Functional imaging of dolphin brain metabolism and blood flow

Sam Ridgway, Dorian Houser, James Finneran, Don Carder, Mandy Keogh, William Van Bonn, Cynthia Smith, Miriam Scadeng, David Dubowitz, Robert Mattrey, Carl Hoh

Research output: Contribution to journalArticlepeer-review

55 Scopus citations


This report documents the first use of magnetic resonance images (MRIs) of living dolphins to register functional brain scans, allowing for the exploration of potential mechanisms of unihemispheric sleep. Diazepam has been shown to induce unihemispheric slow waves (USW), therefore we used functional imaging of dolphins with and without diazepam to observe hemispheric differences in brain metabolism and blood flow. MRIs were used to register functional brain scans with single photon emission computed tomography (SPECT) and positron emission tomography (PET) in trained dolphins. Scans using SPECT revealed unihemispheric blood flow reduction following diazepam doses greater than 0.55 mg kg -1 for these 180-200 kg animals. Scans using PET revealed hemispheric differences in brain glucose consumption when scans with and without diazepam were compared. The findings suggest that unihemispheric reduction in blood flow and glucose metabolism in the hemisphere showing USW are important features of unihemispheric sleep. Functional scans may also help to elucidate the degree of hemispheric laterality of sensory and motor systems as well as in neurotransmitter or molecular mechanisms of unihemispheric sleep in delphinoid cetaceans. The findings also demonstrate the potential value of functional scans to explore other aspects of dolphin brain physiology as well as pathology.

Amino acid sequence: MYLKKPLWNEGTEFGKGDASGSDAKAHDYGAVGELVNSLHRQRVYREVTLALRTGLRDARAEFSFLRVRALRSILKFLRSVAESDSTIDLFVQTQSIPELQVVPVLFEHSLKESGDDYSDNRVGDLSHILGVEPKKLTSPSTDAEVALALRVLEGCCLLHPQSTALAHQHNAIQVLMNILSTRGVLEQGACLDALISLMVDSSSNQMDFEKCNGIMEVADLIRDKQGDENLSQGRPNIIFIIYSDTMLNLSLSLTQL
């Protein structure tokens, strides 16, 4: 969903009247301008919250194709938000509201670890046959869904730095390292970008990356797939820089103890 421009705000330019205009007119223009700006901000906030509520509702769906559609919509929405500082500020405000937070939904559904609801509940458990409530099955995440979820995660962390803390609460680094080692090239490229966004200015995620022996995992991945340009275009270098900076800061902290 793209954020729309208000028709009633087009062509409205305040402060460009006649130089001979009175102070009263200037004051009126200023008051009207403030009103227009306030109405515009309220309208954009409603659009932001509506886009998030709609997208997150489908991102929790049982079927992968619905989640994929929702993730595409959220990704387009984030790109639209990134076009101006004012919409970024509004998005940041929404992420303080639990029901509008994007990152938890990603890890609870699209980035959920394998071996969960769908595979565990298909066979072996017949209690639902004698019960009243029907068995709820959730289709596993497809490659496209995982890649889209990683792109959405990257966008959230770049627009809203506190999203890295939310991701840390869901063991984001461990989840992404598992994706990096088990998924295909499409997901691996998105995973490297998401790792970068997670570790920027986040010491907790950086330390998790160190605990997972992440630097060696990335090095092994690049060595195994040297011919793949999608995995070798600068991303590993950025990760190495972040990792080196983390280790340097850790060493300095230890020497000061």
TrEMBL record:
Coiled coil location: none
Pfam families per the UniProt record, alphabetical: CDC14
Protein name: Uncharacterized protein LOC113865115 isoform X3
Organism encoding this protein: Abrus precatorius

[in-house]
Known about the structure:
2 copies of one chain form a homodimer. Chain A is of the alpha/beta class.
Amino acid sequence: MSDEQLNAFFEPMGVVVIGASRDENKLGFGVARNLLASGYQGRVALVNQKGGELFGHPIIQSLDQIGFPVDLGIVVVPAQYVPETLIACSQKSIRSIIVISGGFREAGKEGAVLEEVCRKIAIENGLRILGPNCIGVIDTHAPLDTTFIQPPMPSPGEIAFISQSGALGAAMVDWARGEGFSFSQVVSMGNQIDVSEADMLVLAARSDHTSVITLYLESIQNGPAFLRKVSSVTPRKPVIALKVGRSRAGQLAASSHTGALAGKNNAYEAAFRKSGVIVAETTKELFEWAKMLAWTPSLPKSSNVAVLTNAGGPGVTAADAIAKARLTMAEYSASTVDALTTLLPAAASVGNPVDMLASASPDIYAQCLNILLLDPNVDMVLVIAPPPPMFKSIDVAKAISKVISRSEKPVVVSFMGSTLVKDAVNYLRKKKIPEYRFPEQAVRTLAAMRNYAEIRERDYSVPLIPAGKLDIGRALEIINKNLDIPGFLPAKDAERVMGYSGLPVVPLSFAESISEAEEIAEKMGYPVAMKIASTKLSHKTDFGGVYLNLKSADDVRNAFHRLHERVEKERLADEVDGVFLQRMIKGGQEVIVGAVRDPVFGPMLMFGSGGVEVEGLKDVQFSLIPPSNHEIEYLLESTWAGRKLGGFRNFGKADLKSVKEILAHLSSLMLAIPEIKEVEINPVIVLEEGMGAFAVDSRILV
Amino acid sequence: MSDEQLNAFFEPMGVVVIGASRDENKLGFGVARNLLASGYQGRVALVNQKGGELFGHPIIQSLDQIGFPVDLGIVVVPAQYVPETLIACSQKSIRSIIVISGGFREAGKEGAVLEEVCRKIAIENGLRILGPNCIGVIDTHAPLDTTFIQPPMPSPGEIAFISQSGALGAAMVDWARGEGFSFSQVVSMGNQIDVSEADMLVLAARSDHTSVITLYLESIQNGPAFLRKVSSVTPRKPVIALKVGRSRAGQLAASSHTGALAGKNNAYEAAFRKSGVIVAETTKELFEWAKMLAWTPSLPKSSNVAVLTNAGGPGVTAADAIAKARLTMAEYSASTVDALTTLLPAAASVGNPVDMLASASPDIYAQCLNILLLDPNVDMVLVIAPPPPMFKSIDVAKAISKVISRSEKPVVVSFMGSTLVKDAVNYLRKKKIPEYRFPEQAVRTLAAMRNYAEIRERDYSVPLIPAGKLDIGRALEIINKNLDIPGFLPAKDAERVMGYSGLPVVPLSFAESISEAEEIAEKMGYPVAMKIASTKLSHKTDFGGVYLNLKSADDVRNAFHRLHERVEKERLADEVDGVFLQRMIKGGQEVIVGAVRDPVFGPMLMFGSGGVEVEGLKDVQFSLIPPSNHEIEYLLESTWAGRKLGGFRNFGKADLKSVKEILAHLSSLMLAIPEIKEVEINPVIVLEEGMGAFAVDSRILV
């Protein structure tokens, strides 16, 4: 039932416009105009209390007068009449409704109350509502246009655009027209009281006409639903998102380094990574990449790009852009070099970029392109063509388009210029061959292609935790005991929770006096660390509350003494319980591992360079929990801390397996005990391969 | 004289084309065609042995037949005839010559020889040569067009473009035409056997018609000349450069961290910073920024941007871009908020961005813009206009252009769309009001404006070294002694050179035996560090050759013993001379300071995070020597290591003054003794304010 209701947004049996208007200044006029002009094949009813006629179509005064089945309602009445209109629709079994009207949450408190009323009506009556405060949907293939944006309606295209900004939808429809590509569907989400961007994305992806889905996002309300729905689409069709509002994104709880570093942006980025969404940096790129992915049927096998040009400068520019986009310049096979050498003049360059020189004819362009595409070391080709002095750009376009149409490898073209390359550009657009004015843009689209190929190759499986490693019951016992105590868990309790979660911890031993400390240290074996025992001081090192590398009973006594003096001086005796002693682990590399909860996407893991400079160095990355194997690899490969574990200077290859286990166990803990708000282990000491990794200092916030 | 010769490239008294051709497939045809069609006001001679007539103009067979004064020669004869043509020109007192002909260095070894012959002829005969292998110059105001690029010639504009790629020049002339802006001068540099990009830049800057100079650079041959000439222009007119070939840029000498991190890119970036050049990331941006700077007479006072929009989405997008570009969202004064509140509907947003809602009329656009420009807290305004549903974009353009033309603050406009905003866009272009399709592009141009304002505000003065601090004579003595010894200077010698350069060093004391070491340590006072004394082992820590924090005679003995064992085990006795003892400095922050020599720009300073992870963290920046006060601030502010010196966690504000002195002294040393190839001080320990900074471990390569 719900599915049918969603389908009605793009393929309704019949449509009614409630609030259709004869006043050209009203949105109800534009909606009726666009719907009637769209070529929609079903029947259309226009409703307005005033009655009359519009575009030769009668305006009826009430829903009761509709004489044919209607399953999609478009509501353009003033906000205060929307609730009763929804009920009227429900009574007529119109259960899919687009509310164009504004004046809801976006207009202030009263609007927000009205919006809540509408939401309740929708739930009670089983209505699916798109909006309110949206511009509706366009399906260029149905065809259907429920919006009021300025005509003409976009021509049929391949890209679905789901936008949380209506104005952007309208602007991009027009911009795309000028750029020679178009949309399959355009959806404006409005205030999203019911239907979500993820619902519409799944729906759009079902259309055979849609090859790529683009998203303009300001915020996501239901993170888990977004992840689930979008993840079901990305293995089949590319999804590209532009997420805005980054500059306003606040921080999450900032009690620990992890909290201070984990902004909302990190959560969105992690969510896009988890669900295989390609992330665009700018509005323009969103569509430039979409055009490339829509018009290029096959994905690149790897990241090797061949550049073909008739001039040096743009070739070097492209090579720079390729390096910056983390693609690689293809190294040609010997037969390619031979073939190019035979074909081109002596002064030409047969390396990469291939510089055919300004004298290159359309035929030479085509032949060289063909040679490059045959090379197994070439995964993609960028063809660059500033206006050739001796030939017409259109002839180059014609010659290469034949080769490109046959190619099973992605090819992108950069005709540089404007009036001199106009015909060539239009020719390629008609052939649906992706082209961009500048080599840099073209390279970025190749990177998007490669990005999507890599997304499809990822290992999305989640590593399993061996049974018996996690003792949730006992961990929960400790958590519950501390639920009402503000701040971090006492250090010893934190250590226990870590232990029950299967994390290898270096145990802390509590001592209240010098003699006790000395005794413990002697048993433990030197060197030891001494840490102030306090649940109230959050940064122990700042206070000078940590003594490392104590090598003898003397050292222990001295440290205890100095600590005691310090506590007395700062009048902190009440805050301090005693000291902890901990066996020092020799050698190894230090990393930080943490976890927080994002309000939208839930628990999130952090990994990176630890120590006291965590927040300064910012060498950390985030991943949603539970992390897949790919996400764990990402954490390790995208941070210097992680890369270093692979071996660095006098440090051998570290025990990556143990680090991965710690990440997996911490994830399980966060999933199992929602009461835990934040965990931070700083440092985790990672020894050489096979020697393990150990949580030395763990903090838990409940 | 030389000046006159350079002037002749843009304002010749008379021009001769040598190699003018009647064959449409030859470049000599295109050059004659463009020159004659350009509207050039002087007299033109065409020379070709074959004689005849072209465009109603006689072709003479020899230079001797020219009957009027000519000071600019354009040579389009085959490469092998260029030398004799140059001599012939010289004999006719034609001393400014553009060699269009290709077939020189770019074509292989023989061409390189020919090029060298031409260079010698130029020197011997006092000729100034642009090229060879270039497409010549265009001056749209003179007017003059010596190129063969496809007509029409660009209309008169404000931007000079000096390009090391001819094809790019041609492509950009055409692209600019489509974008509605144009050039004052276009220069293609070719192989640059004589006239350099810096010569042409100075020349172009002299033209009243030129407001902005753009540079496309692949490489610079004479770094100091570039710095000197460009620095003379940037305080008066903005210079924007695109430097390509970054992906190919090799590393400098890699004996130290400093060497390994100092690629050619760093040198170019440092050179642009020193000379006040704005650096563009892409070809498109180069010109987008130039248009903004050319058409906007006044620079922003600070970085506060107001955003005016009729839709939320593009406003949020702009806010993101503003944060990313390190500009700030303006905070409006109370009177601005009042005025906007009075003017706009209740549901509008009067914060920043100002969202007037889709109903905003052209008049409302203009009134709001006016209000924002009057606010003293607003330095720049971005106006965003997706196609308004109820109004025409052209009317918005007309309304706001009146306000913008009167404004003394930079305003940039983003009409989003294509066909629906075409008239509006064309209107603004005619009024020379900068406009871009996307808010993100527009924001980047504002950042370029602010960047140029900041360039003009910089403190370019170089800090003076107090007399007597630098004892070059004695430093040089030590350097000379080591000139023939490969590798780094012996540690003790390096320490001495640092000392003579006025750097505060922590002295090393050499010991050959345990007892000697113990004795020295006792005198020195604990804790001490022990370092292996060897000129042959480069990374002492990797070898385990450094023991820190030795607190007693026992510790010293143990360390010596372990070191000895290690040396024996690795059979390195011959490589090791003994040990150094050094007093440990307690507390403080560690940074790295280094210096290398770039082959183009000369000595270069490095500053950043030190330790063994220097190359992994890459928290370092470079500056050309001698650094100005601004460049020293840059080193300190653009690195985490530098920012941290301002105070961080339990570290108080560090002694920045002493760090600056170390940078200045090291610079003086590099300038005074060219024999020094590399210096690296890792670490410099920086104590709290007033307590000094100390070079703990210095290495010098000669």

Original languageEnglish (US)
Pages (from-to)2902-2910
Number of pages9
JournalJournal of Experimental Biology
Issue number15
StatePublished - Aug 2006


  • Brain
  • Diazepam
  • Dolphin
  • Functional imaging
  • Hemisphere autonomy
  • MRI scan
  • PET scan
  • SPECT scan
  • Slow wave
  • Tursiops
  • Unihemispheric sleep

ASJC Scopus subject areas

  • Ecology, Evolution, Behavior and Systematics
  • Physiology
  • Aquatic Science
  • Animal Science and Zoology
  • Molecular Biology
  • Insect Science


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